Thursday, February 12, 2009

The Morning After: An Analysis of the Israeli Political Landscape

The Israeli elections ended with two and a half victory speeches and one concession speech.

The biggest loser was clearly the Labor Party (HaAvodah). Despite Barak’s star performance in the recent Gaza operation as Defence Minister, the party that had dominated the Israeli political landscape since inception, that had ruled without loss for the first 30 years of nationhood (as Mapai and the Alignment) is tonight no longer a force in Israeli politics. It came in a dismal fourth place, having secured only 12 seats in Israel’s 120-seat Knesset. Israel’s voters, the sons and daughters of socialists, have firmly rejected the left. The Labor party would do best to stay in opposition and regroup, as Likud has done in recent years. The only scenario in which it is likely to be in government is in a national unity government alongside Likud and Kadima (where it may place the national interest over party politics).

Livni, the woman who called these elections having failed in her previous attempts in coalition building, claimed victory after securing first place. Kadima’s 28 seats reflect a one seat margin over Likud and a one seat loss from its position in the last Knesset. Within the span of three years, Kadima experienced two elections; the loss of its founding fathers (Sharon and Peres); a bogged corruption scandal; a worsening security situation; two controversial wars; and a likely recession. Livni delivered an excellent result for her party and should be proud of beating the pollsters. She ran a good campaign, and made the most of the last minute momentum Kadima experienced, buoyed by a high voter turnout. That said, having secured first place, she is back where she was when she called these elections, unable to form a stable coalition.

The other victory speech came from Netanyahu, the man most likely to be Israel’s next prime minister. With all the cards stacked against Kadima, this was his election to lose, which he did. He ran the classic frontrunner’s campaign (firmly rejecting Livni’s repeated requests for a debate) and ended up in second place. On the flip side, Netanyahu led the Likud back from its meagre 12 seats in the last Knesset to a political beast of 27 seats and most importantly, as the leader of the national block, he can thwart attempts by Livni to form a government. He is therefore most likely to become Israel’s next prime minister.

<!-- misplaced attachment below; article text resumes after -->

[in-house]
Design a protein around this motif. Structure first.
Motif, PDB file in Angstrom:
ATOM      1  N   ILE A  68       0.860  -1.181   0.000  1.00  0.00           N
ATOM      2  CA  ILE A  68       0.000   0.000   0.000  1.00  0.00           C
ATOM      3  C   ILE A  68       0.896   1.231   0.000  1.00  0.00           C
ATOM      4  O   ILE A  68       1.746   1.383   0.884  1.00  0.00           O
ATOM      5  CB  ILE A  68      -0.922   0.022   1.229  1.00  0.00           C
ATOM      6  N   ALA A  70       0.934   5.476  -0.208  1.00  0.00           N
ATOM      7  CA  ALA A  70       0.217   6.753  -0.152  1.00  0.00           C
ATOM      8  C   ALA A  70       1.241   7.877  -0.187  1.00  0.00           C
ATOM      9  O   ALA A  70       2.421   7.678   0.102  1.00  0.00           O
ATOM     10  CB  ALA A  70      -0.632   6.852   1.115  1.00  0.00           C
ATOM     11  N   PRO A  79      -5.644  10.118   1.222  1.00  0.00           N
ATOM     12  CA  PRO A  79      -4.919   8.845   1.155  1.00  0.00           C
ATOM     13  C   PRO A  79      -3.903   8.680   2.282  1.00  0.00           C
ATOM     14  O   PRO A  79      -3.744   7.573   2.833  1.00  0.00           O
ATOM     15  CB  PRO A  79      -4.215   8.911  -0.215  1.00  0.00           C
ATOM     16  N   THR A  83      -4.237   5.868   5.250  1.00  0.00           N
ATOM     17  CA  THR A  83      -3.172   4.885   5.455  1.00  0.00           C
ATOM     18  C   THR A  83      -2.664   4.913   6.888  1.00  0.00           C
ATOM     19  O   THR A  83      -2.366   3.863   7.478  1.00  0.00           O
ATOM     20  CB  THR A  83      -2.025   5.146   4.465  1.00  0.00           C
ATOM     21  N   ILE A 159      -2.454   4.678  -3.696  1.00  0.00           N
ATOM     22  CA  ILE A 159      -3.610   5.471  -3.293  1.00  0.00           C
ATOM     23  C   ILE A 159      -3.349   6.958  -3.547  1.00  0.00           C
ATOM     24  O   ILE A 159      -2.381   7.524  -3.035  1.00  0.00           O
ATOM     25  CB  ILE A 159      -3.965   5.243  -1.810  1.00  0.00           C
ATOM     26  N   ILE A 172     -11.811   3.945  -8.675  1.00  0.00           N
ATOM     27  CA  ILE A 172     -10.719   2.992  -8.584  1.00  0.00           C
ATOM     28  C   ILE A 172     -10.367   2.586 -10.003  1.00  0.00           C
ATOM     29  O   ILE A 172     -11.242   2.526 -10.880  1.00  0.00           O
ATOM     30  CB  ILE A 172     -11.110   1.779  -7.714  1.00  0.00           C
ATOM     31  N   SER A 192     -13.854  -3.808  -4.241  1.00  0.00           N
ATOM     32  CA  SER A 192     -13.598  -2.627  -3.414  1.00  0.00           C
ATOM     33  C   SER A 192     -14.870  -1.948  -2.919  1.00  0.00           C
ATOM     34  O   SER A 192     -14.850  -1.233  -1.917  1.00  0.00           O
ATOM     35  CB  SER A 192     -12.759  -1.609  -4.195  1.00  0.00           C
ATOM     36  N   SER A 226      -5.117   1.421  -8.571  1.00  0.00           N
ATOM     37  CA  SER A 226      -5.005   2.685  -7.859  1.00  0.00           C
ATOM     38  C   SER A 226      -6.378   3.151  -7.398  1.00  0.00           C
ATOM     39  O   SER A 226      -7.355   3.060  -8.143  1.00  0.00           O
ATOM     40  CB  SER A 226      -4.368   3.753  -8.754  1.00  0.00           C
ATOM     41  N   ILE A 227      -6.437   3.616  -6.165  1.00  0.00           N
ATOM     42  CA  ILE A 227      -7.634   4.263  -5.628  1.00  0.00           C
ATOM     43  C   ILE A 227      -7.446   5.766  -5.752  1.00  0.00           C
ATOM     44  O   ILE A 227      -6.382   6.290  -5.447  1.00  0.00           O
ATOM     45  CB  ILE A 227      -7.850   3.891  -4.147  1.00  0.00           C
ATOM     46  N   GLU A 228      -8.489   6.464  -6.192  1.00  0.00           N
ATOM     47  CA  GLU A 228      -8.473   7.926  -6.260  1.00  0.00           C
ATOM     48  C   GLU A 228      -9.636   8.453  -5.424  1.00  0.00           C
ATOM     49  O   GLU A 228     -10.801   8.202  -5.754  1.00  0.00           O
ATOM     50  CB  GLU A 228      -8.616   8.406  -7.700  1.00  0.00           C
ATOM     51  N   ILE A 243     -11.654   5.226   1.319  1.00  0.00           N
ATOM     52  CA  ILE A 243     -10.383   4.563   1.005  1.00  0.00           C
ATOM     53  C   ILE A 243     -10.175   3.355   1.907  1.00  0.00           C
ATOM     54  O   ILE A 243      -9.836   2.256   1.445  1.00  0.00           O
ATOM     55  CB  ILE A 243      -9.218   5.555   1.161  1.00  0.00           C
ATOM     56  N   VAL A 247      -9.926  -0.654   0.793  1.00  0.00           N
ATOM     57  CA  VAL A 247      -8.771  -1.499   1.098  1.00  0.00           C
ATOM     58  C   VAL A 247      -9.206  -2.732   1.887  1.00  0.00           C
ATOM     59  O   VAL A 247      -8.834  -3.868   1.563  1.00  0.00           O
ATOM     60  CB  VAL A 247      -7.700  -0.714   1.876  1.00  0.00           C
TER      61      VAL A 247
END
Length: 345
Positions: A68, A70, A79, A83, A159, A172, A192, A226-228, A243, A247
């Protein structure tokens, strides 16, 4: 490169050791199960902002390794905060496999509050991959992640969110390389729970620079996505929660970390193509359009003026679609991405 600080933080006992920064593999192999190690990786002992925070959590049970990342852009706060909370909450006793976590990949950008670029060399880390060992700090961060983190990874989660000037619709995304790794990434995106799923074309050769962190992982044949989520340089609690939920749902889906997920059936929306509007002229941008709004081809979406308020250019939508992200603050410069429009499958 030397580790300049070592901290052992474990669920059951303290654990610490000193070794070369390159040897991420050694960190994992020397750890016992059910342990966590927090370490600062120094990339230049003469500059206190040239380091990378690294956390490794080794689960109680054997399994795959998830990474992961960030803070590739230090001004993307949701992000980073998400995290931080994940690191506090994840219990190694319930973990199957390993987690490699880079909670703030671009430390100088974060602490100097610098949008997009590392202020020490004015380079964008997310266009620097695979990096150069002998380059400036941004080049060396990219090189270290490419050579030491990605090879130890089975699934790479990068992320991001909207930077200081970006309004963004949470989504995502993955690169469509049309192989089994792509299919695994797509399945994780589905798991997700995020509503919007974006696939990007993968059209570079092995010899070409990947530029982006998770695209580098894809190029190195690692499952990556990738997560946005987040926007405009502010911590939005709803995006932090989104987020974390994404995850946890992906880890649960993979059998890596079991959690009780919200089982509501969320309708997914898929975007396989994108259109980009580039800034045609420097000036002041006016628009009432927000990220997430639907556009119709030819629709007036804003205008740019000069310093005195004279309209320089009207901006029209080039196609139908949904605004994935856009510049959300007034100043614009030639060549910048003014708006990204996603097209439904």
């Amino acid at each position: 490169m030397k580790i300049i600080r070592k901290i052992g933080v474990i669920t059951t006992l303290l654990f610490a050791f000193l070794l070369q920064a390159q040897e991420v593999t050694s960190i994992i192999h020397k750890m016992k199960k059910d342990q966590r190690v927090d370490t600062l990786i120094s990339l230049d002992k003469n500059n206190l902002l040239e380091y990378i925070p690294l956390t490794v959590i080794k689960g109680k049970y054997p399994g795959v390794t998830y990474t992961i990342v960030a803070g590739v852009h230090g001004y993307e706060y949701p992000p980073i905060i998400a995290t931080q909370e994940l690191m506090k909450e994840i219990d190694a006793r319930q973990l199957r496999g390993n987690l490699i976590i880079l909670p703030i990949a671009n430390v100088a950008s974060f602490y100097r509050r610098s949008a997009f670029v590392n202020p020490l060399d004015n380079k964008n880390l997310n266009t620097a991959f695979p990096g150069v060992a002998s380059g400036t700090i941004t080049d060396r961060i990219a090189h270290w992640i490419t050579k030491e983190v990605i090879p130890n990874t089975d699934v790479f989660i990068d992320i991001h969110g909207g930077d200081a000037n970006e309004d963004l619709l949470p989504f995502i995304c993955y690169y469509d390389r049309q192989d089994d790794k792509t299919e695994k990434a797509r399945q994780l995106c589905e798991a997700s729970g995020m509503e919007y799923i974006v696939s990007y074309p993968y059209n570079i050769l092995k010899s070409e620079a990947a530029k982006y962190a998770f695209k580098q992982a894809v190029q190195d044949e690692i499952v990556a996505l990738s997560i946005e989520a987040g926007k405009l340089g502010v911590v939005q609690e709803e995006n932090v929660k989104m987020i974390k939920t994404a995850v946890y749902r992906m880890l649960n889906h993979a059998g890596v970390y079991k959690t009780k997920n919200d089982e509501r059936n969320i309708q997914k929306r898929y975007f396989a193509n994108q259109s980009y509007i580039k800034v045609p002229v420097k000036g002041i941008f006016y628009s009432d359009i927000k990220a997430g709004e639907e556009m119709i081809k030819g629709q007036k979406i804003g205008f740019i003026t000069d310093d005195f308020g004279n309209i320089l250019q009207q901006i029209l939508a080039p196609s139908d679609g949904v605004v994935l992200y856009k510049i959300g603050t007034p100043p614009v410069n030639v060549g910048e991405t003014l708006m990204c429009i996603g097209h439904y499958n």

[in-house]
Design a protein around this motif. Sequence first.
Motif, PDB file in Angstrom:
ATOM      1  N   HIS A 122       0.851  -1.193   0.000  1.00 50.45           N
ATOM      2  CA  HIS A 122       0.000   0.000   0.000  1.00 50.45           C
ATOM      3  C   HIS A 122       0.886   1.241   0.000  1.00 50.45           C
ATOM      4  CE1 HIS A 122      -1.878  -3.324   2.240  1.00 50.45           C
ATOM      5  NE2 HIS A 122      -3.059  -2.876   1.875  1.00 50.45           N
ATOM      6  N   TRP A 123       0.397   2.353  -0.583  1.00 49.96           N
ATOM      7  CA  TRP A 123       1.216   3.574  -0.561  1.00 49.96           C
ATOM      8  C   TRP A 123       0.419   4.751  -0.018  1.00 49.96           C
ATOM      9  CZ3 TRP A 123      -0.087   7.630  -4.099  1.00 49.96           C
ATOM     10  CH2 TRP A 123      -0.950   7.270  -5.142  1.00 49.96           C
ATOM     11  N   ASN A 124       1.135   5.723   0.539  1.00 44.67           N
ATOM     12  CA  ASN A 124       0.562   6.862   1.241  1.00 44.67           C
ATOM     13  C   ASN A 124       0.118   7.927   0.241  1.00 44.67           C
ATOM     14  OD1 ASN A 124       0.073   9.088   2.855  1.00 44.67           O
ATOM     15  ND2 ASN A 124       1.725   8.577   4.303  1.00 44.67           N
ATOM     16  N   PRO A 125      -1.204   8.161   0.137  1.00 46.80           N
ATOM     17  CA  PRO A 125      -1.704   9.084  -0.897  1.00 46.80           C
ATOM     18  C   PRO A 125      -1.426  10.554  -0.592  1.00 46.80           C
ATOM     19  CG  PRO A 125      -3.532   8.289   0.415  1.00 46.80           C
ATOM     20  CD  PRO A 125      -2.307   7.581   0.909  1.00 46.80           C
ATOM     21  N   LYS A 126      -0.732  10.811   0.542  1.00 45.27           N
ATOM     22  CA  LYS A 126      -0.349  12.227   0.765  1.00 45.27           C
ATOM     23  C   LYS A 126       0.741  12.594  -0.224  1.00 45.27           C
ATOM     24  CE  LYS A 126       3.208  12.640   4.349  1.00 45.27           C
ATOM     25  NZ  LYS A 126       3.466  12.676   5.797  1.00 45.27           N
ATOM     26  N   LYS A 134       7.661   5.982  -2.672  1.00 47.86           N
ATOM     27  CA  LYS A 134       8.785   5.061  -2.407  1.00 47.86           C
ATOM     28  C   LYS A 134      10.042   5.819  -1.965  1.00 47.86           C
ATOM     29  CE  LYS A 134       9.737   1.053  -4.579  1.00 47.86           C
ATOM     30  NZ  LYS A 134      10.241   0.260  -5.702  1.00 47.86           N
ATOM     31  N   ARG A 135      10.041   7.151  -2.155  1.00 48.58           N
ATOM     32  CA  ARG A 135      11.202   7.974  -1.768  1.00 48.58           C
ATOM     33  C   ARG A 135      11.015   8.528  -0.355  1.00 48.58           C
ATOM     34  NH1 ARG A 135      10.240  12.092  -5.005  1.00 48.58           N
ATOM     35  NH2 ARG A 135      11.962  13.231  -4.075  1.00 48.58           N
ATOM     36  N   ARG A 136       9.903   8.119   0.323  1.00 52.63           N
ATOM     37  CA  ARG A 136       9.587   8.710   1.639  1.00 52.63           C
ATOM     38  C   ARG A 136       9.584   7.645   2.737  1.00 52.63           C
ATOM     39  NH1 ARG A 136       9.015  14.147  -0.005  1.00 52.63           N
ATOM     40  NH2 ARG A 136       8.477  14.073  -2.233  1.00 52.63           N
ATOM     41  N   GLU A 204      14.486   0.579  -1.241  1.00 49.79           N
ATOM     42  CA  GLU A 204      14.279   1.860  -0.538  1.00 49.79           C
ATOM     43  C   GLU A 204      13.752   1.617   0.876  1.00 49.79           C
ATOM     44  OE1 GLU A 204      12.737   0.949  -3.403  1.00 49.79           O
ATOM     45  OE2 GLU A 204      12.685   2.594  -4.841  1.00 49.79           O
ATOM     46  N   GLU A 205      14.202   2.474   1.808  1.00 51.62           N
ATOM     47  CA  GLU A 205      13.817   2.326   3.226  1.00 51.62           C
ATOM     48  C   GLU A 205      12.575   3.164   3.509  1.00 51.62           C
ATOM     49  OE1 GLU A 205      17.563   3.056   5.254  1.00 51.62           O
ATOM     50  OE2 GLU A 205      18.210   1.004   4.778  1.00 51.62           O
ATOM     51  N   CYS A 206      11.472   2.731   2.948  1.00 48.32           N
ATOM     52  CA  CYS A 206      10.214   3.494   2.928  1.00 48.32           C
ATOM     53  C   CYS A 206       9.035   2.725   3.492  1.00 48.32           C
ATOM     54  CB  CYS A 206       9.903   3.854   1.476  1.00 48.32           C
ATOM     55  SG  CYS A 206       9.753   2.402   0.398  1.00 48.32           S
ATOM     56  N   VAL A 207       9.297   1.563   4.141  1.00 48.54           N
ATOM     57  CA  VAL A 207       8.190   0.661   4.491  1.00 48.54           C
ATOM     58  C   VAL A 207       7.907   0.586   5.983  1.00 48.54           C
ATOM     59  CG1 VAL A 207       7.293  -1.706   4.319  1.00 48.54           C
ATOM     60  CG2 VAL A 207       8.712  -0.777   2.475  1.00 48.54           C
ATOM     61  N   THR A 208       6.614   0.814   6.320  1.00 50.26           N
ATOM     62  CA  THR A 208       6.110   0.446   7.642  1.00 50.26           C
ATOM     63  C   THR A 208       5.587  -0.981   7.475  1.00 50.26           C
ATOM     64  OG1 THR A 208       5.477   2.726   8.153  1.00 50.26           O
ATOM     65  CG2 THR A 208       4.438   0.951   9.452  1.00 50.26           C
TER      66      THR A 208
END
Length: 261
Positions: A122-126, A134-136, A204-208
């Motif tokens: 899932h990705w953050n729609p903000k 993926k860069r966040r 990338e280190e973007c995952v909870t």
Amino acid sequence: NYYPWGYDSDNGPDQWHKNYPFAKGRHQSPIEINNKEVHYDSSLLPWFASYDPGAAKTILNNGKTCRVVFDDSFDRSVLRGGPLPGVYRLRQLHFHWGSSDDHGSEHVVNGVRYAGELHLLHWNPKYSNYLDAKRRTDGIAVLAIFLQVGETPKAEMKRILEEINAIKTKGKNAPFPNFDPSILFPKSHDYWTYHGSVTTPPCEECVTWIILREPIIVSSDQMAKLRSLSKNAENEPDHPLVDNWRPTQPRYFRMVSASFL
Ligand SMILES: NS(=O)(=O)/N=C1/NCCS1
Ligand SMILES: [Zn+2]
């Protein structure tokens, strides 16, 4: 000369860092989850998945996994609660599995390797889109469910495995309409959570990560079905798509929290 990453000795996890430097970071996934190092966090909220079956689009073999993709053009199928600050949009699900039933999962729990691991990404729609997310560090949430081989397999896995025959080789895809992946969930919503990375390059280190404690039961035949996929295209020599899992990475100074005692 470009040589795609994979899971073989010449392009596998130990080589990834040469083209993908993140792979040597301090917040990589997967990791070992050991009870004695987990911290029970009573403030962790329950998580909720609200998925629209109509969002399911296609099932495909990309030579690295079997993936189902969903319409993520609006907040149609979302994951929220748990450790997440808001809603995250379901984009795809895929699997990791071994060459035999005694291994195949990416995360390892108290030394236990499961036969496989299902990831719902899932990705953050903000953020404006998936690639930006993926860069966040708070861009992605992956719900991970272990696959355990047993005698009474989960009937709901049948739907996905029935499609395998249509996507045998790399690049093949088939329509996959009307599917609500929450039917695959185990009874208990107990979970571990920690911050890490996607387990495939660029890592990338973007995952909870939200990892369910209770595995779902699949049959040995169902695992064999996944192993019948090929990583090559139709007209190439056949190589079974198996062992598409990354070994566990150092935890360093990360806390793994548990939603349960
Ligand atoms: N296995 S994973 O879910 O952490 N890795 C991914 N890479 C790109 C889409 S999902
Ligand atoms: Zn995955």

The Russian-immigrant- secular-nationalist party, Israel Bateinu (‘Israel is our home’) claimed half a victory, having delivered 15 seats that may well hold the balance of power in the next Knesset. This result (below polling expectations but above its 11 seats in the last Knesset) moves it from fifth place to third place, surpassing the Labor party. Avigdor Lieberman will play both sides to his advantage. Having ran on a platform that is more nationalist than Likud, he has recently proclaimed that his party cannot be assumed to recommend Netanyahu as the next Prime Minister and may indeed recommend Tzip Livni (if the price is right) or indeed himself for the top job.

Over the next few days, Tzipi Livni would be trying to mend fences with all those who would be happy to see the end of Kadima and try to ensure Shimon Peres gives her the first crack at forming a coalition – an unenviable task. Meanwhile, Bibi Netanyahu would be forming a block that would prevent her from governing. In between the rounds of meeting with political allies and foes, they may well play with Ynet’s recently-released game Build Yourself a Coalition. No doubt, Bibi would be having more fun than Livni. He is more likely to get the message “You can form a government” and far less likely to get the annoying popup: “Your coalition is politically unreasonable”.

Israel’s president, Shimon Peres, may find himself in the awkward position of handing the premiership to his former nemesis, the man who beat him in the 1996 elections, and the man who lost the current elections. He would probably much rather hand the reins to the woman whose party won these elections, to the party he co-founded, and to the people continuing the vision of the partners he lost along the way (Rabin and Sharon). Peres may well facilitate the formation a national unity government with a rotational approach, like the one he entered with Yitchak Shamir following the 1984 election deadlock. Barring that, Peres is bound to choose the candidate most likely to form a stable government, and like it or not, that person is Binyamin Netanyahu.

Only in Israel

  • Will you hear two victory speeches and one concession speech
  • Will you be able to vote for Holocaust Survivors and Grown Up Leaf Party, the party advocating for pension reform fo Holocaust surviors and marijuana legalisation.
  • Will you find a ticket promoting the environment and the separation of religion and state headed by the Chief Rabbi of Norway (son of the former Chief Rabbi of Denmark). Unfortunately, the party did not make the cut and Rabbi Melchior’s exemplarity conduct will be sorely missed in the next Knesset.

Tuesday, February 10, 2009

Three Falafels: An analysis of the Israeli elections

Three Falafels:

Three Israelis discussing their choices at the Ballot at Shimshon, the Falafel King



Ari: Avoda/Labor supporter

Kefir: Kadima supporter

Lavi: Likud supporter


Ari:  Hey Shimshon, give us three falafels with extra tahina and chilli ...and don’t be stingy with the falafel balls. We’re starving!

Lavi: So guys, don’t tell me you lefties are voting for the same thing again on Tuesday, some more Kadima and yet more Avoda. What do want? Four more years of pain and no gain?!